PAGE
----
Levi-Montalcini, Rita (1909–)
Italian/American Medical Researcher
Drawing on research begun in her bedroom during World War II, Rita Levi-Montalcini discovered a substance that makes nerves grow. It plays a vital part in the development of humans and animals and in the future may be used in medical treatment. For its discovery Levi-Montalcini and her coworker, STANLEY H. COHEN, shared the Nobel Prize in physiology or medicine in 1986.
Rita Levi-Montalcini was born in Turin, Italy, on April 22, 1909. She had a twin sister, Paola, and an older brother and sister. Her father, Adamo Levi, was an engineer and factory owner. Rita admired him but feared his temper and felt closer to her mother, Adele, whose maiden name was Montalcini. Rita later combined her father's and mother's last names in her own.
Rita felt she was “drifting along in the dark,” with no idea of what to do with her life, until she was 20, when a family friend's painful death of cancer made her decide to become a physician. Having received only the minimal education allotted to girls, she had to be tutored before she could qualify for medical school. She entered the Turin School of Medicine in 1930 and earned her M.D. with honors in 1936. While still a student she became an assistant to one of her professors, Giuseppe Levi (no relation), and she continued in that capacity after graduation. From him she learned how to study spiderlike nerve cells in the nervous systems of embryo chickens.
The Fascist leader Benito Mussolini had taken control of Italy in 1925. His regime did not persecute Jews as intensely as that of Nazi Germany, but in 1938 it passed a law that deprived all Jews of academic jobs. Both Levi and Levi-Montalcini thus became unemployed. Levi-Mon-talcini was discouraged until a friend from medical school reminded her of all the good scientific work that had been done with limited laboratory equipment. “One doesn't Page 448 | Top of Articlelose heart in the face of the first difficulties,” he told her. He suggested that she try to continue her chick embryo research at home.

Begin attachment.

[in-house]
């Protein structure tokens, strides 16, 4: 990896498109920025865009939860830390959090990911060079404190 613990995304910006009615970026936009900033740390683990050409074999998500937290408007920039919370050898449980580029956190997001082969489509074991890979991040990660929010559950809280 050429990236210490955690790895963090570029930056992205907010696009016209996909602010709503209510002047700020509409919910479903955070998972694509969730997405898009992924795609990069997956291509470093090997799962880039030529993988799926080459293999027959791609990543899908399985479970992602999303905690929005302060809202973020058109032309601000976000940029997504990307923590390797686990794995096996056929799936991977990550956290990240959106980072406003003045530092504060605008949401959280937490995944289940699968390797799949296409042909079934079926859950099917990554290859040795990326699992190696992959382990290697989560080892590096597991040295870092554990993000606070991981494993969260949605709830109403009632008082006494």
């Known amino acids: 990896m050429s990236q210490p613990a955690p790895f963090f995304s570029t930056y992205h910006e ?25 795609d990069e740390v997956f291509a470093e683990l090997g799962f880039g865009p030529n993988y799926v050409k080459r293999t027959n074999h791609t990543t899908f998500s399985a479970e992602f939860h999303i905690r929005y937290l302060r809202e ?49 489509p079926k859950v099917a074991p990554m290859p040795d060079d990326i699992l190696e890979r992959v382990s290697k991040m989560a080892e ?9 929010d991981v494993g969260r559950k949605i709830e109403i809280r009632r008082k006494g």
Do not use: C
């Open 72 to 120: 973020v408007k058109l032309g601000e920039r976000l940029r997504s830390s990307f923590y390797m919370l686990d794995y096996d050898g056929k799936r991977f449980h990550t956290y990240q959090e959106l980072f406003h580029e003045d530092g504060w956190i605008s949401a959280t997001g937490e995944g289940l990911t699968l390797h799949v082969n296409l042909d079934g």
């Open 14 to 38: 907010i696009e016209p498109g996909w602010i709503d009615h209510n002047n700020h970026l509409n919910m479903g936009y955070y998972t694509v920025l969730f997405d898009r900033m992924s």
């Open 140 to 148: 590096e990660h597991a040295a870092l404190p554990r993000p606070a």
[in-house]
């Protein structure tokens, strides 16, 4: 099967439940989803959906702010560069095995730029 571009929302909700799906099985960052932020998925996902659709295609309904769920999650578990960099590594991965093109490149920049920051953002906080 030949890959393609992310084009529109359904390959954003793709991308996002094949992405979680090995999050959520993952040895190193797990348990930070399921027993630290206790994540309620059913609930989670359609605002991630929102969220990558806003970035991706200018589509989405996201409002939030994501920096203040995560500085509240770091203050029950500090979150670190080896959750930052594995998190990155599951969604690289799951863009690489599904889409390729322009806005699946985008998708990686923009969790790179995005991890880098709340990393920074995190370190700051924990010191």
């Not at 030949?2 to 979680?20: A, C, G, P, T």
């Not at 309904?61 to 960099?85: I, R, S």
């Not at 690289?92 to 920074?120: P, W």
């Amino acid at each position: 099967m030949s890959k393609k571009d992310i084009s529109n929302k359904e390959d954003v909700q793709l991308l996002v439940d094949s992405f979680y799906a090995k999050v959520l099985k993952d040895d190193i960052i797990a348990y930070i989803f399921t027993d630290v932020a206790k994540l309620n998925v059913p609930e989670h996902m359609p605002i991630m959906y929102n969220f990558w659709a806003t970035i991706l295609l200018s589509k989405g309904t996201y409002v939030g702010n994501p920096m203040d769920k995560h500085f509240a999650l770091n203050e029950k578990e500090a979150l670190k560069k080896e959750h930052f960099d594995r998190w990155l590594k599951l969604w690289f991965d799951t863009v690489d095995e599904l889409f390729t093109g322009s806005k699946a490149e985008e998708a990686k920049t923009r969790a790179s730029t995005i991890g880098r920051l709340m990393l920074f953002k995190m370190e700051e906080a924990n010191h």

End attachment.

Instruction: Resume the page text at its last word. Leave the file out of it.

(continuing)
The attempt seemed “a voyage of adventure” to Levi-Montalcini, so she set up what she called a “private laboratory a la Robinson Crusoe” in her bedroom. She made a small heater into an incubator for her eggs and sharpened sewing needles to use as scalpels for cutting up the tiny embryos. She continued even after World War II began and her family had to move to a small house in the hills to escape the Allied bombing of Turin. There her laboratory shrank to a corner of the living room, and the eggs she experimented on later became part of the family's meals.